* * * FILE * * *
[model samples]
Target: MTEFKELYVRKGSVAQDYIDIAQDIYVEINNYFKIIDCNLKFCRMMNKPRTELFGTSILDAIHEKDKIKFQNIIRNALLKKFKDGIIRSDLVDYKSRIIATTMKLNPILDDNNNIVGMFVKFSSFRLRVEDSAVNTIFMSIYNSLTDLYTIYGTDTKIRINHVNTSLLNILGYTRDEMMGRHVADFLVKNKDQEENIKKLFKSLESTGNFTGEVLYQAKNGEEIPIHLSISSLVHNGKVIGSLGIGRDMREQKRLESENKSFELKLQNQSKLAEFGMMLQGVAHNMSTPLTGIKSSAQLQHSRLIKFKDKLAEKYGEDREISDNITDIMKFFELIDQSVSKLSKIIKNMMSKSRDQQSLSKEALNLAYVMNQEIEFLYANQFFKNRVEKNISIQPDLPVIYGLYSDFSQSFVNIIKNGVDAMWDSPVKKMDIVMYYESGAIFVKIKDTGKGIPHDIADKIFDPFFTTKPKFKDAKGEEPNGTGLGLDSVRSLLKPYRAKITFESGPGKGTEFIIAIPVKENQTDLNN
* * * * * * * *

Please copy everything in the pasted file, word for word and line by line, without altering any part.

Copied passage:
[model samples]
Target: MTEFKELYVRKGSVAQDYIDIAQDIYVEINNYFKIIDCNLKFCRMMNKPRTELFGTSILDAIHEKDKIKFQNIIRNALLKKFKDGIIRSDLVDYKSRIIATTMKLNPILDDNNNIVGMFVKFSSFRLRVEDSAVNTIFMSIYNSLTDLYTIYGTDTKIRINHVNTSLLNILGYTRDEMMGRHVADFLVKNKDQEENIKKLFKSLESTGNFTGEVLYQAKNGEEIPIHLSISSLVHNGKVIGSLGIGRDMREQKRLESENKSFELKLQNQSKLAEFGMMLQGVAHNMSTPLTGIKSSAQLQHSRLIKFKDKLAEKYGEDREISDNITDIMKFFELIDQSVSKLSKIIKNMMSKSRDQQSLSKEALNLAYVMNQEIEFLYANQFFKNRVEKNISIQPDLPVIYGLYSDFSQSFVNIIKNGVDAMWDSPVKKMDIVMYYESGAIFVKIKDTGKGIPHDIADKIFDPFFTTKPKFKDAKGEEPNGTGLGLDSVRSLLKPYRAKITFESGPGKGTEFIIAIPVKENQTDLNN